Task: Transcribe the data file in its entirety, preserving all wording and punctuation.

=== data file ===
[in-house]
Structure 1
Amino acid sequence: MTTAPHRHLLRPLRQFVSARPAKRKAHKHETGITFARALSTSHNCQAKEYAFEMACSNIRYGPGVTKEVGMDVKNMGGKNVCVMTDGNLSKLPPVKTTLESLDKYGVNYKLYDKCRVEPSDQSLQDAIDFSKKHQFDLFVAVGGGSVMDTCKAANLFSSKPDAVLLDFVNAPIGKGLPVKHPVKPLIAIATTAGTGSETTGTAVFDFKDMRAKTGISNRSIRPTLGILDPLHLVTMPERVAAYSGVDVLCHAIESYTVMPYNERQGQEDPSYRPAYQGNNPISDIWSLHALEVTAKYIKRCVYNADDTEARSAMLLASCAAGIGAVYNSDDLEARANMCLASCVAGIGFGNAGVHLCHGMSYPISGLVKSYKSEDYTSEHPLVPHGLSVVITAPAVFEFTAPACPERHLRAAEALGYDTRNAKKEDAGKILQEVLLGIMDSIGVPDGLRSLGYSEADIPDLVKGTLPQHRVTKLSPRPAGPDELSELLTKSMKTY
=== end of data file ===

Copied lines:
[in-house]
Structure 1
Amino acid sequence: MTTAPHRHLLRPLRQFVSARPAKRKAHKHETGITFARALSTSHNCQAKEYAFEMACSNIRYGPGVTKEVGMDVKNMGGKNVCVMTDGNLSKLPPVKTTLESLDKYGVNYKLYDKCRVEPSDQSLQDAIDFSKKHQFDLFVAVGGGSVMDTCKAANLFSSKPDAVLLDFVNAPIGKGLPVKHPVKPLIAIATTAGTGSETTGTAVFDFKDMRAKTGISNRSIRPTLGILDPLHLVTMPERVAAYSGVDVLCHAIESYTVMPYNERQGQEDPSYRPAYQGNNPISDIWSLHALEVTAKYIKRCVYNADDTEARSAMLLASCAAGIGAVYNSDDLEARANMCLASCVAGIGFGNAGVHLCHGMSYPISGLVKSYKSEDYTSEHPLVPHGLSVVITAPAVFEFTAPACPERHLRAAEALGYDTRNAKKEDAGKILQEVLLGIMDSIGVPDGLRSLGYSEADIPDLVKGTLPQHRVTKLSPRPAGPDELSELLTKSMKTY